Tuesday, September 23, 2008

Tough Times

I don’t know about you, but I’m feeling like I’ve been here before. Hard economic times, financial institutions in turmoil, mergers and bankruptcies in every newscast. Many of you have probably lost your job in the past, or had to tell others they had lost theirs. Layoffs are no fun regardless of which side of the table you’re sitting on. As one who has experienced tough times like this before, I have learned through practice and observation that there are ways to overcome. More importantly, there are ways to increase the odds that you are not the one getting bad news.

Do not get depressed. I know, it sounds simplistic and you might ask yourself how you can’t. But attitude is everything. Make sure you keep yours ‘up.’ Enthusiasm and optimism that is genuine and reality-based will benefit the entire organization, not just you.

Recognize what is happening, and deal with it. When tough times come to a company there are those who try to ignore it in hopes it will take care of itself, those who let others do the hard work to help the company, and those who roll up their sleeves and jump in with a can-do attitude, energy, and perseverance. Guess which group is more highly valued, finds ways to succeed in the midst of difficulty, and gets rewarded?

Increase your customer focus. If you’re going through hard times they probably are as well. By serving them better, staying connected to them, and demonstrating that you have their best interests in mind you can increase loyalty and retain them when they have to make hard decisions about where they spend their resources. You help them, you help your company, and you help you.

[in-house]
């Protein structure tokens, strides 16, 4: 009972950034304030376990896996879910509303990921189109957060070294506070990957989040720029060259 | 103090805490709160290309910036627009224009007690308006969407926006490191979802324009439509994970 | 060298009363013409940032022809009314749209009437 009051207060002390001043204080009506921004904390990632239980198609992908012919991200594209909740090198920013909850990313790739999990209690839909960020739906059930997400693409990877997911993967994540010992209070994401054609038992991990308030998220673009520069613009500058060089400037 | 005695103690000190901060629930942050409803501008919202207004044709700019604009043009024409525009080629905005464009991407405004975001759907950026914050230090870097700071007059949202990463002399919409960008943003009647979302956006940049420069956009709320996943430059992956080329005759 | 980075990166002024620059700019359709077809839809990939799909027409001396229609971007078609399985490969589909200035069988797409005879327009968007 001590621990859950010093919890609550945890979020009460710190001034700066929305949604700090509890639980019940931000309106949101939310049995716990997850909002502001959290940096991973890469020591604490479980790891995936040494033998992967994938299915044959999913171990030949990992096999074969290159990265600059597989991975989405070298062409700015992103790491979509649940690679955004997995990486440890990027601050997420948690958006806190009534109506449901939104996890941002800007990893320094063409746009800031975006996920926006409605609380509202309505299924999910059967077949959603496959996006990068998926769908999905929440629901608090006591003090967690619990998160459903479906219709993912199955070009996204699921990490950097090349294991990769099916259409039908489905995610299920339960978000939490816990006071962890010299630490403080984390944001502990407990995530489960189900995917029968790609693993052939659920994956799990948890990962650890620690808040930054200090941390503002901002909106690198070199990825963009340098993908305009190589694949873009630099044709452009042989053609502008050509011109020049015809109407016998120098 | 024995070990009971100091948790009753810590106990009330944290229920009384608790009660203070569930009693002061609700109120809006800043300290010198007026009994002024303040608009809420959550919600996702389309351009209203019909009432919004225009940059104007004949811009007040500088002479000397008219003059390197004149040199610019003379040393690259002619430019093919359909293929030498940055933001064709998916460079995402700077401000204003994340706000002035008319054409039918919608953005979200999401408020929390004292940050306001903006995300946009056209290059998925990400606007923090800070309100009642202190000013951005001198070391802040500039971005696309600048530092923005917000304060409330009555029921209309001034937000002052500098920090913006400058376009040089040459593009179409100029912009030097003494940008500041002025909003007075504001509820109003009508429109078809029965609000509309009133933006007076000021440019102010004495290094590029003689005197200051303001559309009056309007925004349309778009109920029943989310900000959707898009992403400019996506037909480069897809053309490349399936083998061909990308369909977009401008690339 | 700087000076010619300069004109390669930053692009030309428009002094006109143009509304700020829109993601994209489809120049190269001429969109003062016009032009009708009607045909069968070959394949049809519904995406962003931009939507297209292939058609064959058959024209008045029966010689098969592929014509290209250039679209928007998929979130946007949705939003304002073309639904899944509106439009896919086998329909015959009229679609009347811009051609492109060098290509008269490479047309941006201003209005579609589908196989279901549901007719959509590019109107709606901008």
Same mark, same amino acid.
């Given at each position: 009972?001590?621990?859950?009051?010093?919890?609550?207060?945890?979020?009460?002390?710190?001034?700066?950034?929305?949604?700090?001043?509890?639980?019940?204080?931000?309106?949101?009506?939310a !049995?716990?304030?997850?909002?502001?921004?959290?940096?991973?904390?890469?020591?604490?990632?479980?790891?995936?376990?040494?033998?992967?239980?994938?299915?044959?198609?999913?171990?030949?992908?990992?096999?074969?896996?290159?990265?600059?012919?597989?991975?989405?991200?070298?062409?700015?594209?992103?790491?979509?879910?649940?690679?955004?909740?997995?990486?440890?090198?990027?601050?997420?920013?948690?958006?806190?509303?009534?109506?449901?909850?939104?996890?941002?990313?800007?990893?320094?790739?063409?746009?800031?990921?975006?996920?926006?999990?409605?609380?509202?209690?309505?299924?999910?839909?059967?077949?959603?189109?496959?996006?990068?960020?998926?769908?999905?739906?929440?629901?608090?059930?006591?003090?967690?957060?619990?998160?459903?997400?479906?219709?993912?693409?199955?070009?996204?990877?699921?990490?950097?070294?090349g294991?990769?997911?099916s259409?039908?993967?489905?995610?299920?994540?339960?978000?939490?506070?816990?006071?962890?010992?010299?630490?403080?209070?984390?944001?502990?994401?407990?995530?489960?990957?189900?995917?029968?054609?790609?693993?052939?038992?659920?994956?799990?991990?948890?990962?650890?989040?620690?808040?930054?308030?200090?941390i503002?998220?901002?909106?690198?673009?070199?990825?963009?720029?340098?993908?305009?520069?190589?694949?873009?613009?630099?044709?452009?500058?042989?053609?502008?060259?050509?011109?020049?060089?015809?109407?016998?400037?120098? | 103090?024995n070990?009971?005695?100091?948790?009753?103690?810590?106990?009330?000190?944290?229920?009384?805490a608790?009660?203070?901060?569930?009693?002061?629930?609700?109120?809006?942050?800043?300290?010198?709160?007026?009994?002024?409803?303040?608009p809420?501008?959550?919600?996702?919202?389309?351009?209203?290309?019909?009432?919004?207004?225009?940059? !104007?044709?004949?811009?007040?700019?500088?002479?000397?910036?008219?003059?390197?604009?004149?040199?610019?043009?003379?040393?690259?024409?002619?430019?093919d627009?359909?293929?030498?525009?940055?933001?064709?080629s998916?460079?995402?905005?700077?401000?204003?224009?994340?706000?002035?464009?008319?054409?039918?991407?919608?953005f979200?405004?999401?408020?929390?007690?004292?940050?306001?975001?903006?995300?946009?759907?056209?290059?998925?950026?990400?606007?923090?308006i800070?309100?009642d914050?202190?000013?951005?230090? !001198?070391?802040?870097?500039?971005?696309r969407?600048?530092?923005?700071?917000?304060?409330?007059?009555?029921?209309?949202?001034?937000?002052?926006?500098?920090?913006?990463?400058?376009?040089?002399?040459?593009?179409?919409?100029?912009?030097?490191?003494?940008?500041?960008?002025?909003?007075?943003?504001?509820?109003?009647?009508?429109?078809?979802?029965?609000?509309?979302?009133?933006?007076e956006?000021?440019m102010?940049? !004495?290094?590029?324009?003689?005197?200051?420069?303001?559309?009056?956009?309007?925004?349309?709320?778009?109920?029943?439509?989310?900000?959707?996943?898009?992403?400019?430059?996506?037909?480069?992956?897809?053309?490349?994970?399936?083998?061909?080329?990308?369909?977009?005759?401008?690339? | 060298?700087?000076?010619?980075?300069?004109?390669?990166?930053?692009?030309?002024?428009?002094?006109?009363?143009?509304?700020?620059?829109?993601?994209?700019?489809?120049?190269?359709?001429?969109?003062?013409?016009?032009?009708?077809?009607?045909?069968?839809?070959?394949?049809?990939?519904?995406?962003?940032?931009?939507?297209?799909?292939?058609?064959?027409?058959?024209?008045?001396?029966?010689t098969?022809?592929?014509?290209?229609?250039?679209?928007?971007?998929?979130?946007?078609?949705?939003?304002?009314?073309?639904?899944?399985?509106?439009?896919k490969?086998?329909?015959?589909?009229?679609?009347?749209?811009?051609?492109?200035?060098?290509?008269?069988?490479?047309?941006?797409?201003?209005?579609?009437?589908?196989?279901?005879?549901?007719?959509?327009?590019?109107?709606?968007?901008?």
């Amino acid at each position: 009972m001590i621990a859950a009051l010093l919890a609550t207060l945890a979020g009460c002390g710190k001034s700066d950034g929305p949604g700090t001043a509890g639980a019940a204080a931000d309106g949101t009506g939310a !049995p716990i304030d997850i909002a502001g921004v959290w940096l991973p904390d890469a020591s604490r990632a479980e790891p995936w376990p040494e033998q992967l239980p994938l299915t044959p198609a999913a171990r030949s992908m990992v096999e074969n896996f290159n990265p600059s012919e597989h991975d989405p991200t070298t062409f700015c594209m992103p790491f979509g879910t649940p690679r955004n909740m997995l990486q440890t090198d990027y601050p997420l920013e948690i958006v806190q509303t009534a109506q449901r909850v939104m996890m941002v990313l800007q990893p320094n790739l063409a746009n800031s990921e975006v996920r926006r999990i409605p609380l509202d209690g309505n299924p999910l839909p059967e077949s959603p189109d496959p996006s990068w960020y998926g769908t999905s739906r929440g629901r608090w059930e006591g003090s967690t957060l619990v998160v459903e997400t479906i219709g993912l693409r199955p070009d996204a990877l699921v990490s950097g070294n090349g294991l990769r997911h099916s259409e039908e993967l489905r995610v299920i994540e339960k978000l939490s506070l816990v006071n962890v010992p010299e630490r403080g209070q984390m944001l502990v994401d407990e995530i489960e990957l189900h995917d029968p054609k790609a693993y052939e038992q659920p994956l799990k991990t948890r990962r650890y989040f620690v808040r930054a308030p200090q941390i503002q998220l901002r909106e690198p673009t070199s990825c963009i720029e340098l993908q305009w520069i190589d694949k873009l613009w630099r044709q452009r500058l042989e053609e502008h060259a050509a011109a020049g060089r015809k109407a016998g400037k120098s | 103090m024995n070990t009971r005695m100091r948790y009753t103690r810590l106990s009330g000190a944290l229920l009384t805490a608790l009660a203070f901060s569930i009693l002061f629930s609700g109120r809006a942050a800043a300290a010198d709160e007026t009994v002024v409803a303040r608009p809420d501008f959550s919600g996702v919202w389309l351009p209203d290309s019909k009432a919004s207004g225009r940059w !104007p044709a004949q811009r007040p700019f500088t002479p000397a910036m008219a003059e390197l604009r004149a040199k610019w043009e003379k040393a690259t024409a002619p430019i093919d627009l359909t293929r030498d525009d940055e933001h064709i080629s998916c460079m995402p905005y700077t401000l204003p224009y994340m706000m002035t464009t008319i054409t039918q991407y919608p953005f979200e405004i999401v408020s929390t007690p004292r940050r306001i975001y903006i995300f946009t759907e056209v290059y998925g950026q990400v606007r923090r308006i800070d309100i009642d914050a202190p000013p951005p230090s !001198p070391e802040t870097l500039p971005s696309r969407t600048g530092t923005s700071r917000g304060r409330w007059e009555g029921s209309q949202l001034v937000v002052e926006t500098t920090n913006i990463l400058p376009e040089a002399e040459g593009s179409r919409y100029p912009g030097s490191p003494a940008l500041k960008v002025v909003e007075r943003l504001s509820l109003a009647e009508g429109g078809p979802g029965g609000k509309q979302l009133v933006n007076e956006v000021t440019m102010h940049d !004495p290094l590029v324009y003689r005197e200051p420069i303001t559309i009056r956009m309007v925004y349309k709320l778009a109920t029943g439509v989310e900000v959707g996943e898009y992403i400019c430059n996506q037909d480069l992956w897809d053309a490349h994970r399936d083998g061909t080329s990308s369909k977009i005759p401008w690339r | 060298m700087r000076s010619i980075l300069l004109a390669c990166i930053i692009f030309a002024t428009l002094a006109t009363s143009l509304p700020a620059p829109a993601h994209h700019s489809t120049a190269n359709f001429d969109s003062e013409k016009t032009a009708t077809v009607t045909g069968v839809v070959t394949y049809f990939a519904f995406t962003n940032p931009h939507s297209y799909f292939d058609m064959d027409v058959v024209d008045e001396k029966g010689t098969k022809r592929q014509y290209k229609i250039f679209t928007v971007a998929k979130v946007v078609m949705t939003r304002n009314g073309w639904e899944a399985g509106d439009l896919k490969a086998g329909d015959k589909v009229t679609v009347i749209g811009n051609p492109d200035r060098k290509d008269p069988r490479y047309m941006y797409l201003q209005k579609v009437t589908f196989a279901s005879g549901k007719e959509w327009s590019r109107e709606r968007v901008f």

Be flexible. Don’t expect that you aren’t going to have new demands placed upon you. Instead, embrace them. Recognize these challenges as opportunities to show all that hidden talent that your bosses were unaware of. I have known a couple of people, in fact, who used downturns to recreate their roles, coming out on the other side with new jobs, new respect, and higher value.

Understand that it’s hard for everyone. If you’ve ever had to lay off friends whom you respected as skilled and dedicated workers, then you know that it’s not easy for anyone. One way to separate yourself from the crowd is to recognize what decision makers are going through, emphasize with them, and find ways to help them. They will remember.

Here’s the bottom line in times like this. It is easy to feel that you are not in control, and maybe you aren’t in control of the big picture. But you are in control of your attitude. Changes will be required and resisting them simply adds to your stress and places you in the ‘problem’ category. Instead, embrace the changes as an opportunity to correct old problems and improve the company. Be energized by the changes and the opportunity to participate in them, and look for new ways to showcase your value.

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